Buying Long-Term Health Care insurance: oh, fun!

My parents — all of whom are old — have Long Term Care insurance. For years I felt that it was almost their ethical duty to have this insurance, although I myself had no obligation to insure myself. Apparently my unexamined assumption was that they were old and getting older, and would get infirm enough to require care in their final years, whereas I was young, and therefore would never become old and infirm, and thus never need LTC insurance. In my 50th year this delusion has begun to dissipate.
Then I had to overcome my reluctance to get involved in one of the uglier products the insurance industry provides in our capitalist economy. Profitting from old age and frailty is reprehensible. A civilized society should care for its weaker members at government expense. (Call me a socialist, that’s fine.) But I persuaded myself that this is the way it is, and the longer I delay, the higher the premiums will be.
I went to the site of a company that provides LTC policies to federal employees, and began the process of educating myself in the bewildering jargon and options. Within 30 minutes I was a veritable expert — compared to 30 minutes before — but I still had questions. You can choose between a three-year, five-year or unlimited term of coverage. Of what use is this if, for example, after your three years elapse you still need to pay someone to empty your bedpan? The website encourages you to call if you have questions, so I called and was promptly connected to a knowledgeable and courteous gentleman. He explained to me that the majority of people who require LTC are dead in about 2.7 years. Fifty percent of policyholders therefore choose the 3-year option, thus placing a grim but rational bet against their survival. Another 30% take the 5-year option. And what of the other 20%? They are generally in two categories: either they have high enough incomes that they just don’t care about the higher premium, or else they have a nasty family history of longevity and Alzheimers.
Much as I would like to fancy myself a clear-eyed and courageous realist, having to make this choice is troubling. The temptation is to choose “unlimited”, almost as if doing so would make my lifespan unlimited. On the other hand I am disgusted at the idea of giving more money than necessary to a for-profit venture that benefits from human beings’ decline into helplessness and death. I sat in front of the computer for a while, playing with different options in their interactive rate-quoting thingy.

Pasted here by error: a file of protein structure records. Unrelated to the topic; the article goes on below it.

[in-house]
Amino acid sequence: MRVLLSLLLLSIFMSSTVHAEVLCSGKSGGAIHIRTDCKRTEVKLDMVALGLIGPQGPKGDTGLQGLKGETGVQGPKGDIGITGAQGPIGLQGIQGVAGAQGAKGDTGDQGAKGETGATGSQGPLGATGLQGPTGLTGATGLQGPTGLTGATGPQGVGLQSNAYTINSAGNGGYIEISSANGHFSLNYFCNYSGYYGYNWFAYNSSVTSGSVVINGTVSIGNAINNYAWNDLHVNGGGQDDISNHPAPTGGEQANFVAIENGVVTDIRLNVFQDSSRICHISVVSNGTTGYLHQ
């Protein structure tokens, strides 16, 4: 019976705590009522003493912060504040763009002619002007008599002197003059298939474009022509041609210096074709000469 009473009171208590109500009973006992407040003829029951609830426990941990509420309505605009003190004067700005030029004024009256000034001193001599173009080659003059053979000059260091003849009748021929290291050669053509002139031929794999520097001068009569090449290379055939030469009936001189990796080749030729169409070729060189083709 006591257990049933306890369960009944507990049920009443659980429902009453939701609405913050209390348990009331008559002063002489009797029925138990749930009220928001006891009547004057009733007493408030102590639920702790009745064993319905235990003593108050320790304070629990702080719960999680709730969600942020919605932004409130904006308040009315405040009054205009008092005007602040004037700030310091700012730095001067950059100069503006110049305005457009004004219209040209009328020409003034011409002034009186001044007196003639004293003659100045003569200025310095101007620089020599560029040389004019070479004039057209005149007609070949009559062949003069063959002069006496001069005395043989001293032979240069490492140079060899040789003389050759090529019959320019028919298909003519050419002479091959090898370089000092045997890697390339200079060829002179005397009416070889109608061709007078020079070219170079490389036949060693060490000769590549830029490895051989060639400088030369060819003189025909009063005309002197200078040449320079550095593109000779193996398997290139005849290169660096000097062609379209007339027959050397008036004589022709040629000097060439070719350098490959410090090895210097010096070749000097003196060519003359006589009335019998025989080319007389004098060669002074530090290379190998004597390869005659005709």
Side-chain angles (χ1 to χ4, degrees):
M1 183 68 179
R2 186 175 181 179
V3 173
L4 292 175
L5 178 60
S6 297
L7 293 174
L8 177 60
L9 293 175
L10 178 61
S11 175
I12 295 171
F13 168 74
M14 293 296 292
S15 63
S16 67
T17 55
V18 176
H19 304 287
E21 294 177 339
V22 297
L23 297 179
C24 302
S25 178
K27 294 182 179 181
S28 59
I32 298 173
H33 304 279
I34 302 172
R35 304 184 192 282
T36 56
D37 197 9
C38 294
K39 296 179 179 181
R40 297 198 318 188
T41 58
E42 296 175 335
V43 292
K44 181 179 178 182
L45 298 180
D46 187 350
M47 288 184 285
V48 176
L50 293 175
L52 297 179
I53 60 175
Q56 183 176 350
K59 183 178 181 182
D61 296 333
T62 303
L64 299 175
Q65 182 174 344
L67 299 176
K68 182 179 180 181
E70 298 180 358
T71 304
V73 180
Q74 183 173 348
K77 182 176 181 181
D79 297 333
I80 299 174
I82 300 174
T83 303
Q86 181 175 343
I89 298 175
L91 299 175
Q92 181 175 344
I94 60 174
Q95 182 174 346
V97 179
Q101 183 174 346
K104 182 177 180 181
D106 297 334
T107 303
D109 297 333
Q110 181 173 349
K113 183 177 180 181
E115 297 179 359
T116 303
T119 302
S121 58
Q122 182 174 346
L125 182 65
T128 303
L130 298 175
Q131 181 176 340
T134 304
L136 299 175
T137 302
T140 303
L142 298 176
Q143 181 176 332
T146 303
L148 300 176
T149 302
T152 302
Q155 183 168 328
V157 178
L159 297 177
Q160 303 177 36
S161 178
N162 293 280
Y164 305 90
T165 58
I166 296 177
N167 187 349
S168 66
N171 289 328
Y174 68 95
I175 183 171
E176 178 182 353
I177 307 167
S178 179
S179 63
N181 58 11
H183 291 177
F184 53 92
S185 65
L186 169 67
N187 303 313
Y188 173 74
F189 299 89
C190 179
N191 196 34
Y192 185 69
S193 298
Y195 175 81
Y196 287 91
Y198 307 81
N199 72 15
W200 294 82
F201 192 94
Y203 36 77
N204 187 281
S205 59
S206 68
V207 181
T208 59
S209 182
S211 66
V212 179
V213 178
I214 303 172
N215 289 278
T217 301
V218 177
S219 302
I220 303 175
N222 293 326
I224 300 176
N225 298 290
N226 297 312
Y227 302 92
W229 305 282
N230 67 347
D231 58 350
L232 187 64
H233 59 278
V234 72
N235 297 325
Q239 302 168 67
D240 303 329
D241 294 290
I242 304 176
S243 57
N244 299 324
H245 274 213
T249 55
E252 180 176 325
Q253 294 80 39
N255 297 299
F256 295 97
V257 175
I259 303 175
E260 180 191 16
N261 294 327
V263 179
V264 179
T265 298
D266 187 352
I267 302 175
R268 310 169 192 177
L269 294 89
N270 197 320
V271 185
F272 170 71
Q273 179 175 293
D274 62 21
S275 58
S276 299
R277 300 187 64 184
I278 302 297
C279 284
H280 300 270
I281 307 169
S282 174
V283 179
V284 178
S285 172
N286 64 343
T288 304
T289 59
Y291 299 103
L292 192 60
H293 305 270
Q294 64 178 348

A few days later I came across a blog entry by Jane Gross describing how large insurers like Conseco have been fucking their LTC policyholders — I paraphrase, to be sure — by wrongly denying claims and erecting all manner of bureaucratic obstacles in the hope that the customer will die before they have to pay. The program I am considering involves different companies, but the current financial meltdown teaches us that even the largest and oldest of financial services companies are subject to collapse. By the time you need to file a claim, they may have disappeared; if not, they may fuck you.
This dirty business is emblematic of the orgy of greed and incompetence that has been dragging these United States down the toilet. People like Gore Vidal have been telling us for years that the American empire is in decline. Kevin Phillips compares our collapse to those of the English, Spanish and Dutch empires of centuries past. Perhaps these closing days of the Bush administration are the final movement of some glorious symphony of decadence and corruption, the fantastic scandals of Governor Bagojevich and Bernie Madoff exploding like great fanfares of brass and tympanies.
As it turns out, however, there is nothing to be gained by failing to procrastinate about buying my LTC policy until the eve of my next birthday. Rates are tied to age, but a 50.01-year-old is treated the same as a 50.99-year-old. So I can wait until my next birthday approaches, well into the Obama administration. If I don’t get hit by a bus, and if Obama hasn’t established the socialist utpoia that the right so dreads, I will deal with LTC insurance in the spring.